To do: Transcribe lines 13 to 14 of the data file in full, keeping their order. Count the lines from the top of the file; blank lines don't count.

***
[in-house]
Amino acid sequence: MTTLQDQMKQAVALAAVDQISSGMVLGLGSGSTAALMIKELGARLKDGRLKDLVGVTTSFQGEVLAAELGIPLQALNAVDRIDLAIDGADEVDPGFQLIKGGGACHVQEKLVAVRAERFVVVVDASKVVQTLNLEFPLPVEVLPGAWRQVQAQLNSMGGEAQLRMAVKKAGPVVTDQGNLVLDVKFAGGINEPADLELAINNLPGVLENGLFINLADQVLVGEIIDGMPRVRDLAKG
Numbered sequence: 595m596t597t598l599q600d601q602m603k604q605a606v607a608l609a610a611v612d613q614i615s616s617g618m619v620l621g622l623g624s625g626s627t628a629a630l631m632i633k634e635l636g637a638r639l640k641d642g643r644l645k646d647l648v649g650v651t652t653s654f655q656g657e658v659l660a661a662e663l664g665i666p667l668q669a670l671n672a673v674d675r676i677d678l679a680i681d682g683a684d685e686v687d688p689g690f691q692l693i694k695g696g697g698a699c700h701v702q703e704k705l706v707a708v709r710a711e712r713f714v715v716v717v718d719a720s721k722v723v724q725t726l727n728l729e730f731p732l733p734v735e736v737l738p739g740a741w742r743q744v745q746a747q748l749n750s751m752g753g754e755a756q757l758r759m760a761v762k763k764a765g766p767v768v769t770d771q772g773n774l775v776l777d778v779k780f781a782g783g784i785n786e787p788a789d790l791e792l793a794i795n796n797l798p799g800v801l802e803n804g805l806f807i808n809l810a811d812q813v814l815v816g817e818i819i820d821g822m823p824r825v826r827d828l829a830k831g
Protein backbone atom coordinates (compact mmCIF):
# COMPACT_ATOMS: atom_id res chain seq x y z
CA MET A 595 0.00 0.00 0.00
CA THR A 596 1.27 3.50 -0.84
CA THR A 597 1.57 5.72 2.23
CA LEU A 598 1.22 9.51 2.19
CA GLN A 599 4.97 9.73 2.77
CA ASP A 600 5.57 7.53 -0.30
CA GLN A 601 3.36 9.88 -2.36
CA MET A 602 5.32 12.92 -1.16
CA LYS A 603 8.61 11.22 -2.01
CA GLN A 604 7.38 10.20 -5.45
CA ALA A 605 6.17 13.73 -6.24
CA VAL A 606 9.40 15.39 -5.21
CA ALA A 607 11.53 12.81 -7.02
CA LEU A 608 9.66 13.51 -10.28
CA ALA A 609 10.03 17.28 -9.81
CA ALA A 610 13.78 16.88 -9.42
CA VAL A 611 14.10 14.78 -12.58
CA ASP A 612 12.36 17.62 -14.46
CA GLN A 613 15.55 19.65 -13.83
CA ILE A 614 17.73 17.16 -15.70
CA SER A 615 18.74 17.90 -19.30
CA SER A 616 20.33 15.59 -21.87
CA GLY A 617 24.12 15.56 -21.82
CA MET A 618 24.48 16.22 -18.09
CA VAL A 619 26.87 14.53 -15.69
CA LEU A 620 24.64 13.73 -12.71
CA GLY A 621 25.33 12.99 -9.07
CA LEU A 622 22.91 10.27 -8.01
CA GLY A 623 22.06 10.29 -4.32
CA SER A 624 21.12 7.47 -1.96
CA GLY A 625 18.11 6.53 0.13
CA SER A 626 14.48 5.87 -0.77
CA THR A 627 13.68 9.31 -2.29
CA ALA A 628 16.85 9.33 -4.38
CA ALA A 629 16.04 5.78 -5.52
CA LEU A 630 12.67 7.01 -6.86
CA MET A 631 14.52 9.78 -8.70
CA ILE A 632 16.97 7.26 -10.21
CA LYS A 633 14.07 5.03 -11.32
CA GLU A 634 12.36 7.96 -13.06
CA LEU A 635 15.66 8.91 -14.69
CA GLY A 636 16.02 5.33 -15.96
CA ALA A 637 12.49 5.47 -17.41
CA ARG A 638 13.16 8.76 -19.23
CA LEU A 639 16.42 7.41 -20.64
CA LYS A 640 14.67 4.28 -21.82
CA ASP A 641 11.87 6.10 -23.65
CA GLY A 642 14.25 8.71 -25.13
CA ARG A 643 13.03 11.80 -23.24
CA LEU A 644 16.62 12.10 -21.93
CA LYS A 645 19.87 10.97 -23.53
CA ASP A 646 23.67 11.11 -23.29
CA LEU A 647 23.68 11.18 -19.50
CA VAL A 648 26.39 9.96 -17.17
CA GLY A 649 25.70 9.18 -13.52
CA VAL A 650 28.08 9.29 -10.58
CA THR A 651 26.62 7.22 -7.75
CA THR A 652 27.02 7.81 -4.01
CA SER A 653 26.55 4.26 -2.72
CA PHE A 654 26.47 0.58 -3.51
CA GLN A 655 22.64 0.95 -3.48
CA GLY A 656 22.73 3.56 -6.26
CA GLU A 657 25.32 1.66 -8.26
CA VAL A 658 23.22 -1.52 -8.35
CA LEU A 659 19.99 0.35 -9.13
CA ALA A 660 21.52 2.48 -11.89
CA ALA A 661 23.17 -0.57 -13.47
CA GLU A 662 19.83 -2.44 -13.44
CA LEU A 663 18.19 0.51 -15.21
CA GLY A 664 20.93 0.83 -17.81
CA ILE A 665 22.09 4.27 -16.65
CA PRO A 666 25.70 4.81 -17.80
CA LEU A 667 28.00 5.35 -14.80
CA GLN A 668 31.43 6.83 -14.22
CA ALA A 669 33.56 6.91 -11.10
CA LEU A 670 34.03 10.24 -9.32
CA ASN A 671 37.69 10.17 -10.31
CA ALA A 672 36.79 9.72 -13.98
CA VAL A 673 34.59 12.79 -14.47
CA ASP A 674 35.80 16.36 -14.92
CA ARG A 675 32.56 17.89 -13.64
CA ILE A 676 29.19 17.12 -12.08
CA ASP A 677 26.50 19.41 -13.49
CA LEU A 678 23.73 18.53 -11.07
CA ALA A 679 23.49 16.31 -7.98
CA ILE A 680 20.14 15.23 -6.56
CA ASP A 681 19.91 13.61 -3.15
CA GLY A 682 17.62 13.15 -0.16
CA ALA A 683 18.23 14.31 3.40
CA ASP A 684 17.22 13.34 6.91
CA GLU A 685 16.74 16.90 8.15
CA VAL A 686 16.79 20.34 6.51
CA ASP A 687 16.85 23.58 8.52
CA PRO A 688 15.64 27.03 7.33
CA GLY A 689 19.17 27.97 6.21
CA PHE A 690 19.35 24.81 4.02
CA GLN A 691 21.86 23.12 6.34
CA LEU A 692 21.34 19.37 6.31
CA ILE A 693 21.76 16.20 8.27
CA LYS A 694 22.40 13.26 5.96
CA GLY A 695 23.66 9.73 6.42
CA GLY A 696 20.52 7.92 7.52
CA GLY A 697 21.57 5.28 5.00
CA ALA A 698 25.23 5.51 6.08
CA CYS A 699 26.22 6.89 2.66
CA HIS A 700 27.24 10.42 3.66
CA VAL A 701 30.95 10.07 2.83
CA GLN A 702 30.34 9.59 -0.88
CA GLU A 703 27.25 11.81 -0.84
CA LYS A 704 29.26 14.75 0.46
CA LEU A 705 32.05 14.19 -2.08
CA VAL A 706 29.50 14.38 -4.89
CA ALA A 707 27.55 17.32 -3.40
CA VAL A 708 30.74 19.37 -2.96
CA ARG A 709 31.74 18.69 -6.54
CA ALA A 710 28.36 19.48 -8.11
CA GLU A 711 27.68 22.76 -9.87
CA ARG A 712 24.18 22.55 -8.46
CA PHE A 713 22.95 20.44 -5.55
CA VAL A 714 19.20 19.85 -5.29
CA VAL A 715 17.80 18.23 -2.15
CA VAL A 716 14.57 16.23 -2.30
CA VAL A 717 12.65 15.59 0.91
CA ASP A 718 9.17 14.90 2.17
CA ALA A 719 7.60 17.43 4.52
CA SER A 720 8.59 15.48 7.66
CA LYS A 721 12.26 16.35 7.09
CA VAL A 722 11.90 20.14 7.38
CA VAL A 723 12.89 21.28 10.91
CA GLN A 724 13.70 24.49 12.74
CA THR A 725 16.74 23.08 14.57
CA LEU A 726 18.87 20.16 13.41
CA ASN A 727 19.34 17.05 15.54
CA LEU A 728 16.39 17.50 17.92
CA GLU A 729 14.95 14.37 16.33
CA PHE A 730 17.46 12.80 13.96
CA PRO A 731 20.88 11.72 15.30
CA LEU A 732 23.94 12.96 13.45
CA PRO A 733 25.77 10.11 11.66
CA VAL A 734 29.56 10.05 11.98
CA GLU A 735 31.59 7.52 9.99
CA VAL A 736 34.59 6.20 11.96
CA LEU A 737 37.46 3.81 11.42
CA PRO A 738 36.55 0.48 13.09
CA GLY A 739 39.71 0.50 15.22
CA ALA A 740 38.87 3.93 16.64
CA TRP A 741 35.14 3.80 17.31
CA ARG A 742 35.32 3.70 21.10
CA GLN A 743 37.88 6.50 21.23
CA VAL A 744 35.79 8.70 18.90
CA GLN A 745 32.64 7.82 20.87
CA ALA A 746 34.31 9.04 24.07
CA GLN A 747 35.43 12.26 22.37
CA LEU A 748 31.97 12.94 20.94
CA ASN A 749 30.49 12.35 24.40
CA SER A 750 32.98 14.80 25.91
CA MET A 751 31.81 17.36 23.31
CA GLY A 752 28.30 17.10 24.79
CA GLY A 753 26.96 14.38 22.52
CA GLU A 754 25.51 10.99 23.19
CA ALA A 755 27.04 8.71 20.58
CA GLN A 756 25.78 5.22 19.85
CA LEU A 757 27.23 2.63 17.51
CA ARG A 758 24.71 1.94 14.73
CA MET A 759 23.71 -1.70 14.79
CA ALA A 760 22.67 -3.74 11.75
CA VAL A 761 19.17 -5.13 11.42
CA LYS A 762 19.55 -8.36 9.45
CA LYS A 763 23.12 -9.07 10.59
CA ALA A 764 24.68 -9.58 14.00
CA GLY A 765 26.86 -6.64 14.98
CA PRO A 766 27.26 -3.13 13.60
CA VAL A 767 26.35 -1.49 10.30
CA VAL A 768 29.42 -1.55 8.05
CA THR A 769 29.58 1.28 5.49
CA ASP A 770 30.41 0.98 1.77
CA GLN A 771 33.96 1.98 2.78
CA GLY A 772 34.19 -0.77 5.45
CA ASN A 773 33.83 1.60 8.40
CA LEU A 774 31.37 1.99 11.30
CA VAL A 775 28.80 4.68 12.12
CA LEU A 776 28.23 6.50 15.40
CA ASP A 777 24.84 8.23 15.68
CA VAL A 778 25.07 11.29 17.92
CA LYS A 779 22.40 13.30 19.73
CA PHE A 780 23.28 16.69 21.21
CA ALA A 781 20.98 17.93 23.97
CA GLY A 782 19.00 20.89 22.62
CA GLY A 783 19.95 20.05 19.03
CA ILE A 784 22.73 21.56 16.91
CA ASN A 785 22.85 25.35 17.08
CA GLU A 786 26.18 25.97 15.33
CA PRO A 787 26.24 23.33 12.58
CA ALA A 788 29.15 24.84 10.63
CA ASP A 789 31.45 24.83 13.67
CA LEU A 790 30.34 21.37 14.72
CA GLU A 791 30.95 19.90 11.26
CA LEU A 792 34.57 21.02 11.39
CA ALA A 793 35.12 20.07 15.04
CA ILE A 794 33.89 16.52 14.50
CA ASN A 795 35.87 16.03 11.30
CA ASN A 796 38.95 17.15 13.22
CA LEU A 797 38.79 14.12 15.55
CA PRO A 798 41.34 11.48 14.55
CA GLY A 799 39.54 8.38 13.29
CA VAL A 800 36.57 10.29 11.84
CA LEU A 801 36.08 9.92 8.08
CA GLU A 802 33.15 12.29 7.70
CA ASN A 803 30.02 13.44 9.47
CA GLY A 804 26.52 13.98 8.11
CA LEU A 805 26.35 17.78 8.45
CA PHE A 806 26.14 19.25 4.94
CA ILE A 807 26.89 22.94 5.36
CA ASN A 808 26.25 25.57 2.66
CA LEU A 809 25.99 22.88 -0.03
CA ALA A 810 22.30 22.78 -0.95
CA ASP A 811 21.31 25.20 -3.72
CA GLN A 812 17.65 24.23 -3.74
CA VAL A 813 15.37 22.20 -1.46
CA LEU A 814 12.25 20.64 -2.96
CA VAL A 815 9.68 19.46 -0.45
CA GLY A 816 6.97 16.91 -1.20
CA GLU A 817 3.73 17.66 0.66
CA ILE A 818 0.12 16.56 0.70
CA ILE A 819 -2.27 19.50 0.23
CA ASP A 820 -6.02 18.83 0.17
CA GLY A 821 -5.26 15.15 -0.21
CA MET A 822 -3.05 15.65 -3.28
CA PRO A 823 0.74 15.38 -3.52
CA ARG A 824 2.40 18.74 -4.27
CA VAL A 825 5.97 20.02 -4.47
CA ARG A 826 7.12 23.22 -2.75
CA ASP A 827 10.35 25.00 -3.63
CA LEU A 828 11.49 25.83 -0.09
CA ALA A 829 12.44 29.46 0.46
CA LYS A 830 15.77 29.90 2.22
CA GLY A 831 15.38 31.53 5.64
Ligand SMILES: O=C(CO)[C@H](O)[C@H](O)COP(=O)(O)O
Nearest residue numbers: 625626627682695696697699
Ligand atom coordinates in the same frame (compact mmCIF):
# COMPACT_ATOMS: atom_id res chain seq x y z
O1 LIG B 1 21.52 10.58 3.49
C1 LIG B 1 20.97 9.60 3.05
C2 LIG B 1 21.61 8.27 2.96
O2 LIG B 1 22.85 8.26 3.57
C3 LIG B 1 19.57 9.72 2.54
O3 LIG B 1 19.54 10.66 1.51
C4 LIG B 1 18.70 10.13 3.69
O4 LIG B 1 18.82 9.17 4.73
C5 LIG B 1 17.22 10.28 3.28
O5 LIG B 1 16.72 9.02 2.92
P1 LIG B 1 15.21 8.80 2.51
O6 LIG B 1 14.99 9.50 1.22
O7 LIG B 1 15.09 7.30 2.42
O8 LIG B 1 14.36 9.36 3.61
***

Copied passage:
CA MET A 602 5.32 12.92 -1.16
CA LYS A 603 8.61 11.22 -2.01